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From Fork to Fork: Top tips for growing organic produce

by Norwoods Gardener | Sep 04, 2020

September celebrates all things organic, and we’re here to help you find ways to garden organically at home; whether you’re caring for a garden packed full of flowers, or you’re growing plenty of fruit and veg down at the allotment, adopting organic gardening techniques are equally as important for reducing pollution and caring for the animals visiting your garden! Follow our organic gardening guide:

 


 

Prepare to put the work in

 

We won’t beat around the bush, committing to gardening organically requires a lot of preparation, hard work and dedication. Start off your organic growing journey by putting in the planning time; consider where you will be growing and the types of plants most suited to the area – there’s no quick fix with a pesticide or inorganic fertiliser to help plants along, so getting this right first is key. You’ll also need to vigilant when growing organically, keeping an eye out for the early signs of issues with plants and maintaining your plot.


Choosing your plants

 

Once you’ve decided on the plants you’ll be looking to grow, it’s important to source your seeds and plugs from an organic supplier – all too often parent plants will have been treated with inorganic matter, so start with the best of intentions and read your packaging to ensure your seedlings have been raise without interference from chemical fertilisers and pesticides.


Soil care – possibly the most important part!

 

 

Pack your soil with nutrients before planting by mixing in plenty of organic matter, such as manure, compost or peat moss – we recommend the top four inches of soil should contain organic fertiliser to give your plants the best chance.


Our resident gardener George also recommends adding a good four inches of organic mulch to your soil too; this will help to prevent weeds emerging and make them easier to pull out, and will also help conserve water and provide an ideal environment for worms and other micro flora and fauna which will help to feed the soil and birds, toads and hedgehogs. It takes away the need for digging too, so may not be more difficult than chemical growing after all. After adding four inches of mulch in the first year, every year it should be topped up to 4 inches. 


One thing to be aware of is that straw from animal bedding can contain herbicides so it’s important to source carefully. George also don’t recommend lawn clippings as they tend to be full of weed seeds – he uses stable bedding made from wood shavings, no seeds, no pesticides, and more user friendly than straw. It is likely to have some hay content so he also stacks it for a year and grows a crop of squashes in it. If there is any herbicide lurking in it, the squash plants will show it up as they are very sensitive. Even if you use a nix without hay, George would still stack it for a year and make sure it is kept moist so that it is at least partially composted when used on the borders.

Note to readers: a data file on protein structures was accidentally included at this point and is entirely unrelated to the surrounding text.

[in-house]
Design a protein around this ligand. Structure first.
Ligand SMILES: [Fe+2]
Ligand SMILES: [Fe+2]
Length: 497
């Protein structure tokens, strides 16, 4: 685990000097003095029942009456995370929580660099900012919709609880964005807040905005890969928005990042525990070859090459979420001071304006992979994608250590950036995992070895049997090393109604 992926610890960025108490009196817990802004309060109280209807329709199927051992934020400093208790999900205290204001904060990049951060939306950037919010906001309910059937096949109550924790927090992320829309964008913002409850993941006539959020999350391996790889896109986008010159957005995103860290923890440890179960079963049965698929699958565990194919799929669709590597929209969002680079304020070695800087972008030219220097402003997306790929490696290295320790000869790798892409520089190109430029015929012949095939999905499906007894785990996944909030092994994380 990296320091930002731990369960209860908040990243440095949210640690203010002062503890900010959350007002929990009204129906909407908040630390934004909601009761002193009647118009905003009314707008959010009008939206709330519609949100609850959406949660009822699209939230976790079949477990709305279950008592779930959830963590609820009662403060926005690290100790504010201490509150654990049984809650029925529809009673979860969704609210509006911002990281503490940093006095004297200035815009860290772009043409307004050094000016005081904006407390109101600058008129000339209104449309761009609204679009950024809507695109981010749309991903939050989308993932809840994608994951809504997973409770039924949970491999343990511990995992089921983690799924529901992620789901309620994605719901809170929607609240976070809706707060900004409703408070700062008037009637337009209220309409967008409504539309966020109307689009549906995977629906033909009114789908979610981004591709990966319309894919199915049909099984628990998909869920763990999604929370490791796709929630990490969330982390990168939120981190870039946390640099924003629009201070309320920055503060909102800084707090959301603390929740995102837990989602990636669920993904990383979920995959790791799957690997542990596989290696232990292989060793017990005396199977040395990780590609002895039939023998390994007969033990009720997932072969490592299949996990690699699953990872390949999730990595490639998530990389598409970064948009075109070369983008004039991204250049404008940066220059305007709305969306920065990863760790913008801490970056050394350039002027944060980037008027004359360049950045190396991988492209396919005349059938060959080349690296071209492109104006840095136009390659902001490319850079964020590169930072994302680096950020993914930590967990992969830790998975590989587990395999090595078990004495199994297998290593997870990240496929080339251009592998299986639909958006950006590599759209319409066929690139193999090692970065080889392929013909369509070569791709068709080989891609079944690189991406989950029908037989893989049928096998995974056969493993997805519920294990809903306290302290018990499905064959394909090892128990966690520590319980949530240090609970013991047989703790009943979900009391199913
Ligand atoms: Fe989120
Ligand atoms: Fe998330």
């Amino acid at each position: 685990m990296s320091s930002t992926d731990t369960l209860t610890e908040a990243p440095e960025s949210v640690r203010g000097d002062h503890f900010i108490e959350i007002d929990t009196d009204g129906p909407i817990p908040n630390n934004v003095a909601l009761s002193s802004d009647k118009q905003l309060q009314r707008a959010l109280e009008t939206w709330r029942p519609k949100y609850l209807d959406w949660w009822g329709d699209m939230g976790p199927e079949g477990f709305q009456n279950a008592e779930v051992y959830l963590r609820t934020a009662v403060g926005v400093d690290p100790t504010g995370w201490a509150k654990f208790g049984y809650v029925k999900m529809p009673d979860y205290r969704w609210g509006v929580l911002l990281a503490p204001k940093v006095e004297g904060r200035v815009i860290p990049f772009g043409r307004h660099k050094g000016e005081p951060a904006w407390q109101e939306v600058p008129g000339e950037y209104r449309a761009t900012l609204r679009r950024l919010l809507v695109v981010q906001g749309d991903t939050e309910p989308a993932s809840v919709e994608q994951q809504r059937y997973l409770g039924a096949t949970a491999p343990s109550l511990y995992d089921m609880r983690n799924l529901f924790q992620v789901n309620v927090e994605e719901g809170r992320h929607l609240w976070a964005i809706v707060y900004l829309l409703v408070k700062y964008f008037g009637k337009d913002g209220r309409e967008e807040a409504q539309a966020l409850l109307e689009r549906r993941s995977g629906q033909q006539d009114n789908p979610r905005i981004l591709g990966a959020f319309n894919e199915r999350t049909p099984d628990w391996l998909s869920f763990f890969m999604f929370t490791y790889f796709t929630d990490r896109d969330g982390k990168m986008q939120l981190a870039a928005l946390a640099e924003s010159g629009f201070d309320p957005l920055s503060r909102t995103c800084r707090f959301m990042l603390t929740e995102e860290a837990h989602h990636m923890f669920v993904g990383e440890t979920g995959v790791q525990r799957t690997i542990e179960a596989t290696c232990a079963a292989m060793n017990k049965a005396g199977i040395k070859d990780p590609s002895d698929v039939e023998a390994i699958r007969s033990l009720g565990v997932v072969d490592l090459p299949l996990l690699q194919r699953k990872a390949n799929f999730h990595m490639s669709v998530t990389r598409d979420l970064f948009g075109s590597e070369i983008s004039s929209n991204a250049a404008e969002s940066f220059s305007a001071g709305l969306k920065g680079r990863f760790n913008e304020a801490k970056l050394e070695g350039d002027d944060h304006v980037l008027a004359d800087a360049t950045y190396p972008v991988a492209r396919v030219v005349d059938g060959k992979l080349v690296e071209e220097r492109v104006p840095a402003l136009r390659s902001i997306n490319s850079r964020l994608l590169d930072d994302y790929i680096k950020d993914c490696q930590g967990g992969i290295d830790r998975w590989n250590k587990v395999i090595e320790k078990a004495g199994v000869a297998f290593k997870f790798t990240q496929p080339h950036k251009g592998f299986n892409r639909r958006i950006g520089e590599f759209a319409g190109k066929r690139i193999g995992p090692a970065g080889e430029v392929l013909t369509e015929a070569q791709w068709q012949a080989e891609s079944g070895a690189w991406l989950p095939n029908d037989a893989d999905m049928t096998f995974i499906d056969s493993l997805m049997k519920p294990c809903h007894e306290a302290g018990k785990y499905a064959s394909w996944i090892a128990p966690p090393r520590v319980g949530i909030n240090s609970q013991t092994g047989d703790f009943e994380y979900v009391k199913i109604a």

Dealing with pests

 

There’s unfortunately no quick way to get rid of pests and disease without chemical interference, so do everything to avoid them taking hold in the first place! Water at the right times in order to avoid plants becoming too damp and disease taking hold, net your plants (either over foliage or above the roots) to create a physical barrier between your plants and pests, and if the worst comes to the worst swiftly dig up and remove any badly damaged plants so they don’t affect others.


Controlling weeds

 

It’s back to good old-fashioned weeding by hand with organic gardening making sure to use your trowel or fork to remove the roots of weeds too – otherwise they’ll pop up very quickly again! You can also look to use a weed-proof membrane or bark chippings to make it far more difficult for weeds to take hold in the first place.


Practise crop rotation

 

 

And to make sure your efforts aren’t wasted year to year, look to practise crop rotation; by rotating your crops, you avoid disease taking hold and affecting all of your plants and allow your soil to retain different nutrients – the same plants are susceptible to the same diseases and take the same nutrients from the soil, so for example, swapping your tomatoes for squash from season to season will help your allotment last longer.